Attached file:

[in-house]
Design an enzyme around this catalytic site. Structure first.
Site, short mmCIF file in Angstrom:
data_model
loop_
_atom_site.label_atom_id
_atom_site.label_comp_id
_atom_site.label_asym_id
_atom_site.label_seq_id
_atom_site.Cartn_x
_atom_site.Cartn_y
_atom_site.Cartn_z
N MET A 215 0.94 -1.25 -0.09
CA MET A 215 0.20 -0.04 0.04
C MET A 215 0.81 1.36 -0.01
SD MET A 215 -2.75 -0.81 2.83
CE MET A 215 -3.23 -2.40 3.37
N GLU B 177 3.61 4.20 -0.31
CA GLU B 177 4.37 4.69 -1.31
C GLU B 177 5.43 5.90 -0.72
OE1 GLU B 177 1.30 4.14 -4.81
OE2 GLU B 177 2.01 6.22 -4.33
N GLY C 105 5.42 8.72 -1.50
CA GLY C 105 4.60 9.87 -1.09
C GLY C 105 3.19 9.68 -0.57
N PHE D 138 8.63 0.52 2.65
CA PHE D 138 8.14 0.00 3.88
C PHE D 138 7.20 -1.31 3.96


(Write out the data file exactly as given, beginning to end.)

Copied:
[in-house]
Design an enzyme around this catalytic site. Structure first.
Site, short mmCIF file in Angstrom:
data_model
loop_
_atom_site.label_atom_id
_atom_site.label_comp_id
_atom_site.label_asym_id
_atom_site.label_seq_id
_atom_site.Cartn_x
_atom_site.Cartn_y
_atom_site.Cartn_z
N MET A 215 0.94 -1.25 -0.09
CA MET A 215 0.20 -0.04 0.04
C MET A 215 0.81 1.36 -0.01
SD MET A 215 -2.75 -0.81 2.83
CE MET A 215 -3.23 -2.40 3.37
N GLU B 177 3.61 4.20 -0.31
CA GLU B 177 4.37 4.69 -1.31
C GLU B 177 5.43 5.90 -0.72
OE1 GLU B 177 1.30 4.14 -4.81
OE2 GLU B 177 2.01 6.22 -4.33
N GLY C 105 5.42 8.72 -1.50
CA GLY C 105 4.60 9.87 -1.09
C GLY C 105 3.19 9.68 -0.57
N PHE D 138 8.63 0.52 2.65
CA PHE D 138 8.14 0.00 3.88
C PHE D 138 7.20 -1.31 3.96